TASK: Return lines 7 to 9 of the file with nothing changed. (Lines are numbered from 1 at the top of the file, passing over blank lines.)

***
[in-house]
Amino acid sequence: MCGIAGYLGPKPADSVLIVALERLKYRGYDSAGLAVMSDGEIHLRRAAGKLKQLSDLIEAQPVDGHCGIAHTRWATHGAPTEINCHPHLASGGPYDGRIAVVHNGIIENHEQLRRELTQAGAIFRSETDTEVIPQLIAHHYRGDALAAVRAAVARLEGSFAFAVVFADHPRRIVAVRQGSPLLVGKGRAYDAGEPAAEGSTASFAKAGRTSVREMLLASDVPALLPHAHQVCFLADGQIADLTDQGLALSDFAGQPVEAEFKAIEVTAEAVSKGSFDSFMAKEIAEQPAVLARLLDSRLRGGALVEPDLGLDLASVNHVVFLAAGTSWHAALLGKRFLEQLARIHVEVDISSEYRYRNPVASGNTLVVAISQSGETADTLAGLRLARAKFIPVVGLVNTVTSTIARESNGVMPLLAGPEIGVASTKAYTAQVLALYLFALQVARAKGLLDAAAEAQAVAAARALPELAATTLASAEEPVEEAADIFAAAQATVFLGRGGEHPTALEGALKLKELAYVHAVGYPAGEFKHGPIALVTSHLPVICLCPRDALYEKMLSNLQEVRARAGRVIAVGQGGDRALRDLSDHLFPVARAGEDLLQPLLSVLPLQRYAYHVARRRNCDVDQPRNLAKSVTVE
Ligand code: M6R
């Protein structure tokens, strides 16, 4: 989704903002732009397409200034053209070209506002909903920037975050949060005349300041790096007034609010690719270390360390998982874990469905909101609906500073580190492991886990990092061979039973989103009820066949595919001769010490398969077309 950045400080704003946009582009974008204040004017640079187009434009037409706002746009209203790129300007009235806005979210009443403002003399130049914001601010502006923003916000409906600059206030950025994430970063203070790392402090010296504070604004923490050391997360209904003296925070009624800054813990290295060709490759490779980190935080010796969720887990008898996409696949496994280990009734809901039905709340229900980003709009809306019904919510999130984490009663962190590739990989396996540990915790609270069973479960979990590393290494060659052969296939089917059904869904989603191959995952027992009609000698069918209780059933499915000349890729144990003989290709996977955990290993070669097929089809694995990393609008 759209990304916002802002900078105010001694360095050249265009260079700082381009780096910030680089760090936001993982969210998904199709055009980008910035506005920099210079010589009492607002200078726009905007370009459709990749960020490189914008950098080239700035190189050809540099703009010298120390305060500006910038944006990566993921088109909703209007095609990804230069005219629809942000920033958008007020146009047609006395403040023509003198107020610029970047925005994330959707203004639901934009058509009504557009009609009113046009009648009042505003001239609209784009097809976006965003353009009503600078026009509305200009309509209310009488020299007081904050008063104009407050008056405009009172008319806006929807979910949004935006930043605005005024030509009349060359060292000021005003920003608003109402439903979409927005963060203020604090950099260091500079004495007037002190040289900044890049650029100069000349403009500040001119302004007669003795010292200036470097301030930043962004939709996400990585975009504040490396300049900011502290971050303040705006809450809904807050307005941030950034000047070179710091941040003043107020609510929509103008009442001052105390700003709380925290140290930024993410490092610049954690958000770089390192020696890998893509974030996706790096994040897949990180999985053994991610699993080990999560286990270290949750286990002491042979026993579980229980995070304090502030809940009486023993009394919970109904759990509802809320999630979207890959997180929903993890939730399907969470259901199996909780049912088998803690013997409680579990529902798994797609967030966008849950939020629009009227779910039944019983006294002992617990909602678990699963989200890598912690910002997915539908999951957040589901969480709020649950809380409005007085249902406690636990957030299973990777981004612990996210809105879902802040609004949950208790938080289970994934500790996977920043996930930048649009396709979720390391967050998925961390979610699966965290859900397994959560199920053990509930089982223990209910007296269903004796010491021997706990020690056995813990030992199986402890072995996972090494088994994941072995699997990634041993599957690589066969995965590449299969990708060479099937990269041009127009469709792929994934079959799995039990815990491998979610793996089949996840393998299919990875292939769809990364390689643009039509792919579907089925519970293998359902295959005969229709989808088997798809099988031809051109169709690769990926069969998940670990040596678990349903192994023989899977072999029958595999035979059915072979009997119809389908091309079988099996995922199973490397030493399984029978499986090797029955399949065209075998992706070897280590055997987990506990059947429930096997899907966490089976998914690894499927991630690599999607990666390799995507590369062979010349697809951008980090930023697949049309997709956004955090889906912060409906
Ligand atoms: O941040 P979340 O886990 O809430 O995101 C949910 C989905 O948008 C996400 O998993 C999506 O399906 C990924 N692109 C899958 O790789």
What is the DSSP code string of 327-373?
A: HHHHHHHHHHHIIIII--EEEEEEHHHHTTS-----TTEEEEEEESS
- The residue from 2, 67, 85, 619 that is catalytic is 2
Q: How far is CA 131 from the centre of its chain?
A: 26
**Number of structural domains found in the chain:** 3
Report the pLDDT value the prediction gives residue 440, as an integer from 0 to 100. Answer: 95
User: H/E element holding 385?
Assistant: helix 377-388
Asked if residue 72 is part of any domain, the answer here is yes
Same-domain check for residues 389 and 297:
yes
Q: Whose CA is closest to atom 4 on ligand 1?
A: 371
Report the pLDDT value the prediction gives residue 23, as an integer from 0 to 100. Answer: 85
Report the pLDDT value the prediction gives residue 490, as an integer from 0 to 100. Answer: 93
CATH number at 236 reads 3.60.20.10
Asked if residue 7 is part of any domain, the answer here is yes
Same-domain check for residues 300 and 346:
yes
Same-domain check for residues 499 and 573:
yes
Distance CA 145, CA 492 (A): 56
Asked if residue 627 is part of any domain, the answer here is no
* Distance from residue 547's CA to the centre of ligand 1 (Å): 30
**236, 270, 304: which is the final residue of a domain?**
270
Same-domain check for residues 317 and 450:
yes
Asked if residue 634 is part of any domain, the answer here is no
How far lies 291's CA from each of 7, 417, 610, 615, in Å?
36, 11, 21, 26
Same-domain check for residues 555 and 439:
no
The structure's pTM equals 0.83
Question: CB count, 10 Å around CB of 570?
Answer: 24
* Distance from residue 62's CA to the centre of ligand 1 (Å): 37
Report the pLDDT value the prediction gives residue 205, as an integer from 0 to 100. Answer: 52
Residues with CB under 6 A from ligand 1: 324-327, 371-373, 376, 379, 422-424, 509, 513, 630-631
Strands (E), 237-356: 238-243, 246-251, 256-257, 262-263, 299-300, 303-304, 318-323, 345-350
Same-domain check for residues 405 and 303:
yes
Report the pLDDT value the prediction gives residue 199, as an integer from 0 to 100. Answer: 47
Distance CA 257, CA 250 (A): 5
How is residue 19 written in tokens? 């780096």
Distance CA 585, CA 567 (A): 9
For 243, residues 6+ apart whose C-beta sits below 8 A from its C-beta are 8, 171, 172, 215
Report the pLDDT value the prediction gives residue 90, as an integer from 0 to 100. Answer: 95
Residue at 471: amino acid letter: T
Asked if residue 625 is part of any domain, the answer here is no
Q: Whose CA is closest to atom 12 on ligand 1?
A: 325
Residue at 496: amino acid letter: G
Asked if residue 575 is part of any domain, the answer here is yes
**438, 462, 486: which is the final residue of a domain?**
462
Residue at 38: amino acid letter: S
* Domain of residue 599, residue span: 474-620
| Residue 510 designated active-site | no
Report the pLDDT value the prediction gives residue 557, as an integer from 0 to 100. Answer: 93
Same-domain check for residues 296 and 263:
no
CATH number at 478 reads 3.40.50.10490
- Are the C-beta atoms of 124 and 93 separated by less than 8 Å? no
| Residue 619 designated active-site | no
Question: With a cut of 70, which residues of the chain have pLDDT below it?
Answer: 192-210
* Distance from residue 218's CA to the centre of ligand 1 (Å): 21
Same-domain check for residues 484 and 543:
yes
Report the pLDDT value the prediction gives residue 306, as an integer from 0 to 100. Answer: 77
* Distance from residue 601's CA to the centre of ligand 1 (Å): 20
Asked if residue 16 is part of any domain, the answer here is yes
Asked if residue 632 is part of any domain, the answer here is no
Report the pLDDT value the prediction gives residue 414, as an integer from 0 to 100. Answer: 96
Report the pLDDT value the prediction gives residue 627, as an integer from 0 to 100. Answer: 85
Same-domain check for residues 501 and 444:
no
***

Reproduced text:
A: HHHHHHHHHHHIIIII--EEEEEEHHHHTTS-----TTEEEEEEESS
- The residue from 2, 67, 85, 619 that is catalytic is 2
Q: How far is CA 131 from the centre of its chain?